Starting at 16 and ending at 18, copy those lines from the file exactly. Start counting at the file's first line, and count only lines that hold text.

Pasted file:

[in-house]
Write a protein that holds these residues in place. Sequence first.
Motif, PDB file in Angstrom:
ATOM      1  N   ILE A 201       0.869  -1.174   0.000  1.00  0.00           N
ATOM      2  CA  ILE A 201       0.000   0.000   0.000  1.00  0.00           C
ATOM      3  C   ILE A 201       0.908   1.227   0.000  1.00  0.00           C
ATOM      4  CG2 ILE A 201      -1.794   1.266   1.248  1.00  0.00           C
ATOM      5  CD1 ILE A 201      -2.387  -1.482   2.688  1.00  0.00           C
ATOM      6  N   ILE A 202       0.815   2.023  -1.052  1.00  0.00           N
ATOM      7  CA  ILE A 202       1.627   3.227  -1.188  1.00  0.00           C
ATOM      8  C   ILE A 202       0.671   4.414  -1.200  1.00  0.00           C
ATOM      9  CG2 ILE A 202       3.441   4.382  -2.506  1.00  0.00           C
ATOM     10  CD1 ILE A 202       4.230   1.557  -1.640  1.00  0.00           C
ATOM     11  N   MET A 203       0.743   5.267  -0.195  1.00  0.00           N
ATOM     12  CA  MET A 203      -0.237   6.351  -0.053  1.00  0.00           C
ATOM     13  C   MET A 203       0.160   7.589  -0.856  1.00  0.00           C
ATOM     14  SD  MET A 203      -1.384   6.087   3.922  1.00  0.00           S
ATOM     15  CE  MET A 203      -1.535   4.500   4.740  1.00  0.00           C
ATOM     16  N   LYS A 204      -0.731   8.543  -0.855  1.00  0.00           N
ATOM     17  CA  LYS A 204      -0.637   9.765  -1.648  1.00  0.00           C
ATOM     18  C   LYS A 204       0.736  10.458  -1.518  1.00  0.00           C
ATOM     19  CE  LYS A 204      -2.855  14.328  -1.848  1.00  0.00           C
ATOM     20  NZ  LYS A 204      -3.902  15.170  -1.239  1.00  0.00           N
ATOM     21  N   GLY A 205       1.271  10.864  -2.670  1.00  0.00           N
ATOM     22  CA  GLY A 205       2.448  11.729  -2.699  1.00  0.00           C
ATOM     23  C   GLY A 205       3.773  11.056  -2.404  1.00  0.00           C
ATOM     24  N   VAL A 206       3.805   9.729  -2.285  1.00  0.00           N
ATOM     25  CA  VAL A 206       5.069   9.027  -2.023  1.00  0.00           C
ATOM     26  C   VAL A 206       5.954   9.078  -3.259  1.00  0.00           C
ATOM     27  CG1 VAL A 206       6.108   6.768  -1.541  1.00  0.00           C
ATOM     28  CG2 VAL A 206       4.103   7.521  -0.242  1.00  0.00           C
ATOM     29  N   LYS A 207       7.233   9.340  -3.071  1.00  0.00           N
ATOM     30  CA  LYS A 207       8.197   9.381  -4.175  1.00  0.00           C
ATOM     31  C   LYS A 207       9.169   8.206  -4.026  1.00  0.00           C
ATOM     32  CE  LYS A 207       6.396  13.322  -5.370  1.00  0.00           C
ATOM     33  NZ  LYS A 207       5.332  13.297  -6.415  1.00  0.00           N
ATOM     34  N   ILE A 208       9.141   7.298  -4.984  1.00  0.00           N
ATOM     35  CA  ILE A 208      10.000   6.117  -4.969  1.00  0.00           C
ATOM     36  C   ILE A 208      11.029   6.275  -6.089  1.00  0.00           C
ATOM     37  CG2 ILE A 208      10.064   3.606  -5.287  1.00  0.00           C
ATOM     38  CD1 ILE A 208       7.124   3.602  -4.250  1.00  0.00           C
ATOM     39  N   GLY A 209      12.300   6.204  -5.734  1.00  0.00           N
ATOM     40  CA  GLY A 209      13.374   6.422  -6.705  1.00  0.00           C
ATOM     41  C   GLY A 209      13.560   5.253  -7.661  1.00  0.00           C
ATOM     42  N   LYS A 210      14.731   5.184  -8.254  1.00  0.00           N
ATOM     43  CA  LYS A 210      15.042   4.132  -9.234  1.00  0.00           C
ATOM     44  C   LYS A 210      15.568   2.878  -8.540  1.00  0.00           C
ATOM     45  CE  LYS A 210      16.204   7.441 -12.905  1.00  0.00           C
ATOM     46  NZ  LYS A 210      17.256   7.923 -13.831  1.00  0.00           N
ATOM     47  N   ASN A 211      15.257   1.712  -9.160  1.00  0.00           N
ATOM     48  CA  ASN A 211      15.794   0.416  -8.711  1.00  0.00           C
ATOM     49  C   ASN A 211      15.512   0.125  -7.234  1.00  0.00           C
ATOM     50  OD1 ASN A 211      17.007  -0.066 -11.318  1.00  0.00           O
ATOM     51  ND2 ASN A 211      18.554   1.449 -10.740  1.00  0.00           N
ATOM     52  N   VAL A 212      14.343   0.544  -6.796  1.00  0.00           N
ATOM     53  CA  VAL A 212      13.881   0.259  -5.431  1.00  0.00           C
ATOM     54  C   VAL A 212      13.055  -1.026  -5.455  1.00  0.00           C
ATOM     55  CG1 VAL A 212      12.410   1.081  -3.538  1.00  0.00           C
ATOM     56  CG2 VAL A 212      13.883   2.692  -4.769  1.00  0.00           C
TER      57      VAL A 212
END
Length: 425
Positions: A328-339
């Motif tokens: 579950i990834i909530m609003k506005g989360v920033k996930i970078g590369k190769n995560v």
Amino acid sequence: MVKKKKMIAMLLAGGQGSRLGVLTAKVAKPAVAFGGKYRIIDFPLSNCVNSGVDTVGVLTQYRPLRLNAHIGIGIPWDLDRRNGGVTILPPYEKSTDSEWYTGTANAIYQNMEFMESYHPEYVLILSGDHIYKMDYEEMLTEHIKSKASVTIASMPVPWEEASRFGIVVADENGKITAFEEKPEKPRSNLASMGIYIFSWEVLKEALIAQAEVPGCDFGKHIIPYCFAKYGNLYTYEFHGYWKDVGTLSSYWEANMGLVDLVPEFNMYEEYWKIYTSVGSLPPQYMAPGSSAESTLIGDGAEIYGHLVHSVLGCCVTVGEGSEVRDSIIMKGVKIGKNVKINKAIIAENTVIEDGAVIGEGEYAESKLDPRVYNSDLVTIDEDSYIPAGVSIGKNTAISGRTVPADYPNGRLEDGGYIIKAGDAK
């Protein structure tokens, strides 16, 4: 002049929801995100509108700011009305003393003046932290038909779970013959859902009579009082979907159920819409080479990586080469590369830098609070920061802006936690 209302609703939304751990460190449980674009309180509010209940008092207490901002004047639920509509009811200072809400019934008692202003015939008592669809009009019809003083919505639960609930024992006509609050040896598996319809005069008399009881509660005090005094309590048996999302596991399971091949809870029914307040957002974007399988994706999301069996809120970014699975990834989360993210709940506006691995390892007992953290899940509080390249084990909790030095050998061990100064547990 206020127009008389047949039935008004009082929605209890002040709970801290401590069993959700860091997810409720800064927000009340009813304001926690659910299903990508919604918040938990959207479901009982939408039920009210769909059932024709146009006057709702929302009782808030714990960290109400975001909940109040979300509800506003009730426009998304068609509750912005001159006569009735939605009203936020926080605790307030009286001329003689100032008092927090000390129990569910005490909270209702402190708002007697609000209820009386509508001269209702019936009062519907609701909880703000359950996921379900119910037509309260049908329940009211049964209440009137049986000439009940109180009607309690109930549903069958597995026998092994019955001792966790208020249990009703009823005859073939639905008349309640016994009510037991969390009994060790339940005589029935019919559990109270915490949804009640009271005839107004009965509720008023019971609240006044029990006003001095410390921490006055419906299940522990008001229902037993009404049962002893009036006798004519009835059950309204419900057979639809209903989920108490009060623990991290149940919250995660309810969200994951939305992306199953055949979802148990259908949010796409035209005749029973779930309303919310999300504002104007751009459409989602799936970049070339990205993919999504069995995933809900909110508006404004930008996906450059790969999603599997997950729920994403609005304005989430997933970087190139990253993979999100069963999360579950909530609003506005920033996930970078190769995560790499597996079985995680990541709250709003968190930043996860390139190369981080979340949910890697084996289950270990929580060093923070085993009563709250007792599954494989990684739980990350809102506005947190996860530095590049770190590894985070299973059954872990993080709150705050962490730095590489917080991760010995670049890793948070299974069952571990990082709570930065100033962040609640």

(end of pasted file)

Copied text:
ATOM     13  C   MET A 203       0.160   7.589  -0.856  1.00  0.00           C
ATOM     14  SD  MET A 203      -1.384   6.087   3.922  1.00  0.00           S
ATOM     15  CE  MET A 203      -1.535   4.500   4.740  1.00  0.00           C